The concept of surrendering control of your own body to an external entity is well-established in film, from bodysnatching aliens to possessing demons, but often these events are viewed from an outside perspective. The protagonist is one who discovers the truth, either by chance or design, and who attempts to turn the tide against the invading force. It is rare to see a film show the experience of the one being possessed, and rarer still to detail the act of possession, which makes Possessor an interesting prospect indeed.
A corporate assassin uses a machine to take over a victim, using their body to commit murder-for-hire then suicide, offering the perfect patsy to take the blame without argument. We see both victim and possessor acting and speaking as one, but they are two and only one remains in control. Identity is refreshingly questioned, with echoes of the assassin’s self amidst the personality of the possessed and the dysmorphic disassociation that would arise from being in the body of another.
The writer and director is Brandon Cronenberg, son of David, and there are common threads between the work of father and child here. Perhaps growing up on the sets of his father’s films, with their giant insects and human corruptions, embedded something dark within him, yet his stories feel more nihilistic than Cronenberg senior’s. He is as much a visionary in his own right as he is a chip off the old block, so to speak, and a fine filmmaker with an incredible eye for the surreal.
This is retro-esque science fiction which, in the true spirit of sci-fi, offers social commentary on our current standing as a society. No one ever seems to be present, though there is less smartphone-screen-staring than one might expect, yet technology is at the heart of this film, including a malevolent data mining corporation who watch webcams to identify products in users’ homes in a bizarre invasive market research strategy that is hardly unlikely. Workers at this grimy place sit cramped together with VR headsets which simulate executive corner offices and computer screens, yet they are far from these luxurious mirages in reality. This is mirrored in the act of possession itself, as the possessor of the film’s title lies on a bed wearing a vast face-hugging headset that descends from the ceiling to transport their consciousness to their victim, but still allows them to talk from their own lips. The virtual and real are merged but separate, and Cronenberg is definitive on the line that should exist, even when he allows it to blur.
Of course, a Cronenberg film would not be a Cronenberg film—senior or junior—without body horror, and there is plenty of that on display, though often subversively. Still, from horrifically graphic murder sequences to nightmarish battles of the mind, this is not a film for the faint-hearted or weak of gut. The use of wax is particularly impressive, as one form is melted away and another grown, creating trippy visuals made using in-camera effects instead of digital renderings. This authenticity in form, particularly when expressed in a non-physical moment within the narrative, builds a strange connection between reality and projection, aligning the solidity of mental control against the firm mass of a physical body.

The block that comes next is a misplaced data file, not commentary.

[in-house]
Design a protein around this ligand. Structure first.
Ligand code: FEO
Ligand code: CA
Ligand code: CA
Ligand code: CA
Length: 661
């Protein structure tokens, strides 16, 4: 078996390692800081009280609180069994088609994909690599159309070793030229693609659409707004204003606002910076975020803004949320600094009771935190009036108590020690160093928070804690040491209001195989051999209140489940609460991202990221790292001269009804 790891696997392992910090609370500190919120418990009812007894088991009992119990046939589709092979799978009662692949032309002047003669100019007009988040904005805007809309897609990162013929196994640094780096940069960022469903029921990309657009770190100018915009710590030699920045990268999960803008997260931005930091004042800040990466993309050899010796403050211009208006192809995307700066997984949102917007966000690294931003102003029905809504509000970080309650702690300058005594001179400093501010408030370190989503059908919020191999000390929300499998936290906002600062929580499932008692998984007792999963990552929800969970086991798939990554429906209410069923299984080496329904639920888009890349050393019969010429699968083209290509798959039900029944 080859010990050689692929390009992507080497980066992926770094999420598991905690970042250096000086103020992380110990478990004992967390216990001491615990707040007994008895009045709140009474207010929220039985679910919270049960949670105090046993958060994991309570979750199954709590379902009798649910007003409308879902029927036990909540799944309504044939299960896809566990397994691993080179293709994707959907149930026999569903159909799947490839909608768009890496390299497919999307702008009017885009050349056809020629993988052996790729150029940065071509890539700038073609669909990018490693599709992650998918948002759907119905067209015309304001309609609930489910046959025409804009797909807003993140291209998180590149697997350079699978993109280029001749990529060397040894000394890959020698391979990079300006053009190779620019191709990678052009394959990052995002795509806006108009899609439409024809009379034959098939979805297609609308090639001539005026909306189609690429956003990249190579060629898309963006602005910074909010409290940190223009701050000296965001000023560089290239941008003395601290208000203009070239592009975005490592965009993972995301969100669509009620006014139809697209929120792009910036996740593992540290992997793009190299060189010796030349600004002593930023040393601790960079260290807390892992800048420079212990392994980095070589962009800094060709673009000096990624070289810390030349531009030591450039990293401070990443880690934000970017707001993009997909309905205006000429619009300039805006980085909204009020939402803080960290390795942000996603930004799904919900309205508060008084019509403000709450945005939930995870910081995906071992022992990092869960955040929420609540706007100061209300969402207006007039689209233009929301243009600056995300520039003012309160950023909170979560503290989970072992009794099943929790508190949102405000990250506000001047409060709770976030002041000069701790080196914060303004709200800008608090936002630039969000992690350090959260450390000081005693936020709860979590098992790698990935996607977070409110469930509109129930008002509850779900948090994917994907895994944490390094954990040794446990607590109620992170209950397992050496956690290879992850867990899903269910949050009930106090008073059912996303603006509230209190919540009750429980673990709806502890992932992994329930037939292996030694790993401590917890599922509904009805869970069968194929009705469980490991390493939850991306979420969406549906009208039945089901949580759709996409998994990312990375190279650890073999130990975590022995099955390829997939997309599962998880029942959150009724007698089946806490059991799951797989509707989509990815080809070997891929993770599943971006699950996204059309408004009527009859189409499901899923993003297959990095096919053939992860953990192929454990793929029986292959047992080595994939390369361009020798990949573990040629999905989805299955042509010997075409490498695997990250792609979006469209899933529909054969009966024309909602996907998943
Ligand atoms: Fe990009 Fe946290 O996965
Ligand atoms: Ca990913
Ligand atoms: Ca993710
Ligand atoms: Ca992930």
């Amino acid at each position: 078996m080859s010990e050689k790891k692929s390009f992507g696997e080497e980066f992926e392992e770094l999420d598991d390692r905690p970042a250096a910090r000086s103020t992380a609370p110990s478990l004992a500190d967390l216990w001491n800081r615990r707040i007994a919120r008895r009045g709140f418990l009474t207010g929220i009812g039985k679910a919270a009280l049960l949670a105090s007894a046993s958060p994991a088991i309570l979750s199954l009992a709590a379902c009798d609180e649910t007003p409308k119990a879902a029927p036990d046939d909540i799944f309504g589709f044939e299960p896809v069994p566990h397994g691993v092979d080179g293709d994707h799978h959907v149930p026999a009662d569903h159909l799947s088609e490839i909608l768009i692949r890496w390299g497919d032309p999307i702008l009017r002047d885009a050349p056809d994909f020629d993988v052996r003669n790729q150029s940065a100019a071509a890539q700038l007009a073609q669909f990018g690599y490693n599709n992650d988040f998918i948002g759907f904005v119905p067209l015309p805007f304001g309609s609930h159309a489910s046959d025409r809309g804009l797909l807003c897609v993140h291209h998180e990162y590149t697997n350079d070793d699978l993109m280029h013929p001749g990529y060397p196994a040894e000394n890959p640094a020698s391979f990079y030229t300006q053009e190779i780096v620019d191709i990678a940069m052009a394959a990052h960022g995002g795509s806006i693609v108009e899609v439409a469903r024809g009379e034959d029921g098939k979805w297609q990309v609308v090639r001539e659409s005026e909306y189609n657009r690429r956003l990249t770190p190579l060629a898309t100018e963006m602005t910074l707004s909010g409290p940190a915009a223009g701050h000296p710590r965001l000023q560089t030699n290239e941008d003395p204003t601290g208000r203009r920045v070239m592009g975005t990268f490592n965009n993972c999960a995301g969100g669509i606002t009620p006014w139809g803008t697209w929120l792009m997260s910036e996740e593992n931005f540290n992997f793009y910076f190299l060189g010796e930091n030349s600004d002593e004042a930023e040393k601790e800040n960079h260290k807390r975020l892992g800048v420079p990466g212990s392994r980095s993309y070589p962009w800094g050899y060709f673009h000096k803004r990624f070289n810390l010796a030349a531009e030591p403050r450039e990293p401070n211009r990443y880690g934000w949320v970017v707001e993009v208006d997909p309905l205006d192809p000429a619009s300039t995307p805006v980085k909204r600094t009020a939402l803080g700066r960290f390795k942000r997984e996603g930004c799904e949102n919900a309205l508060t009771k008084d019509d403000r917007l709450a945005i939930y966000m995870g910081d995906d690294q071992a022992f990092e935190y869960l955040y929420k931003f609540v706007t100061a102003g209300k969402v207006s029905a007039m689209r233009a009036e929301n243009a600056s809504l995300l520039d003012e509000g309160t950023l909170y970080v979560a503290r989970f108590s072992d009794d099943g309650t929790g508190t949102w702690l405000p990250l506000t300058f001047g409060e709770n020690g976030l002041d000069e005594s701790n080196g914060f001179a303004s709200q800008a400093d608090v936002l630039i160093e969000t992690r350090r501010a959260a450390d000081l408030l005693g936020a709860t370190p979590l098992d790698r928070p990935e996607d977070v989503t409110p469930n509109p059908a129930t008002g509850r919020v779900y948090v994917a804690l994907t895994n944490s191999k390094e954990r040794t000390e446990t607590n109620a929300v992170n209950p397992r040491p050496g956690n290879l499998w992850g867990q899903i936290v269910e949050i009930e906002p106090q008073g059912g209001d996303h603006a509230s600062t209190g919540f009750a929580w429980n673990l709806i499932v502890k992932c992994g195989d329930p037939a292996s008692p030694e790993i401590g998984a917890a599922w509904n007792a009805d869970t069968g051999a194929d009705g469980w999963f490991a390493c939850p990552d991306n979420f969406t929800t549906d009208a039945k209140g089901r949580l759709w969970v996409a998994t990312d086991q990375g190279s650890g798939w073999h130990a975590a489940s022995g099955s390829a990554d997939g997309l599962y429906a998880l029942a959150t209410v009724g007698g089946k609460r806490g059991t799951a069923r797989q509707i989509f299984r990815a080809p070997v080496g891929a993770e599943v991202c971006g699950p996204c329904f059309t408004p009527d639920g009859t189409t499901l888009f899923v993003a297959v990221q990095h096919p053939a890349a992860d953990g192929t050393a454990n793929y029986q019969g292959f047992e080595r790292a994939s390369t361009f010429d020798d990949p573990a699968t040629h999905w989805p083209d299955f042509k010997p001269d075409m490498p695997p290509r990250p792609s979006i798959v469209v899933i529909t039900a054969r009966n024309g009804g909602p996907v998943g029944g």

The possessor of the title is played with cold simmer by Andrea Riseborough, a consistently powerful actor making more and more intriguing decisions in her career. She is as ghostlike as her white hair as she sleepwalks through her presented life with her husband and son, assuming a spectral existence that occasionally possesses space within their home but never stays too long. Her true life is spent asleep, and it is here she is awake when in control of another. Her performance is chilling, as if she has injected herself with ice, and it is a masterclass in character realisation. Her assassin’s psychopathic nature lends itself perfectly to her work, and it is hardly a surprise that one who loves killing would find work as a hired killer, even if it is not her own fingers clasped around the knife-handle but that of her involuntary avatar. We see her undertake a short possession in the opening sequence, with Gabrielle Graham playing her first victim. Graham shows herself to be an immense talent, carrying the start of the film with incredible nuance. The main target throughout, however, is performed with a conflicting storm beneath a calm exterior by Christopher Abbott. He holds his own against Riseborough, which is no mean feat, and delivers a solid show.
There are some acting veterans within the cast also, including Sean Bean as a horrific, bullying tech CEO, and Jennifer Jason Leigh as the assassin’s handler, mentor, and superior. It is Leigh that is the most terrifying, presenting her character with cold control and a strange mania in a paradoxical vision of one truly without conscience. The choice of her casting is interesting, as she worked with Cronenberg’s father on the VR body-horror eXistenZ, but what she presents is different to anything of her I have seen before. She is chilling and visceral, and without doubt a formidable presence.
Possessor is not a nice film, and it is not about nice people. As it moves forward and delves into the splitting psyche of its two main characters, the viewer is forced to question everything they see, but it is in this that the film shows its biggest strength. It is a suggestion of horror as much as it is a reality of it, much like the act of possession which gives the narrative its backbone. The most horrific moments are those outside of reality, where we see inside the minds of the characters, and they have stuck with me, possessing me, holding a place within my own mind long after the film has finished. Perhaps this is Possessor’s greatest triumph, but also its most frightening aspect as a piece of art. Possessor will not let you go.